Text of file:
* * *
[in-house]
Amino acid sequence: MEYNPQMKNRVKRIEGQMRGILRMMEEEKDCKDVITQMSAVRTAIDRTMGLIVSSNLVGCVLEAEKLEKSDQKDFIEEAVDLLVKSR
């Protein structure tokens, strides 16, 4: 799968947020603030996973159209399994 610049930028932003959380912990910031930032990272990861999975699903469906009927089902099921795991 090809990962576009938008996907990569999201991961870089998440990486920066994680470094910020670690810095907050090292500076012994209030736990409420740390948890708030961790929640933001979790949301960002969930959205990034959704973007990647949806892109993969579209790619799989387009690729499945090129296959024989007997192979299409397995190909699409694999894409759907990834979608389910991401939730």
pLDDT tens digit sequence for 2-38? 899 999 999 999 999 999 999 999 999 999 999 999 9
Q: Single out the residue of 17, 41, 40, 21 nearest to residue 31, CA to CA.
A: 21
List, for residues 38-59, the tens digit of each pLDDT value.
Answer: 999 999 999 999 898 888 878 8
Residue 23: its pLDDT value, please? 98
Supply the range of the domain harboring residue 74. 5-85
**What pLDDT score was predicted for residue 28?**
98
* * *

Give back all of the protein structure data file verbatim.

[in-house]
Amino acid sequence: MEYNPQMKNRVKRIEGQMRGILRMMEEEKDCKDVITQMSAVRTAIDRTMGLIVSSNLVGCVLEAEKLEKSDQKDFIEEAVDLLVKSR
């Protein structure tokens, strides 16, 4: 799968947020603030996973159209399994 610049930028932003959380912990910031930032990272990861999975699903469906009927089902099921795991 090809990962576009938008996907990569999201991961870089998440990486920066994680470094910020670690810095907050090292500076012994209030736990409420740390948890708030961790929640933001979790949301960002969930959205990034959704973007990647949806892109993969579209790619799989387009690729499945090129296959024989007997192979299409397995190909699409694999894409759907990834979608389910991401939730």
pLDDT tens digit sequence for 2-38? 899 999 999 999 999 999 999 999 999 999 999 999 9
Q: Single out the residue of 17, 41, 40, 21 nearest to residue 31, CA to CA.
A: 21
List, for residues 38-59, the tens digit of each pLDDT value.
Answer: 999 999 999 999 898 888 878 8
Residue 23: its pLDDT value, please? 98
Supply the range of the domain harboring residue 74. 5-85
**What pLDDT score was predicted for residue 28?**
98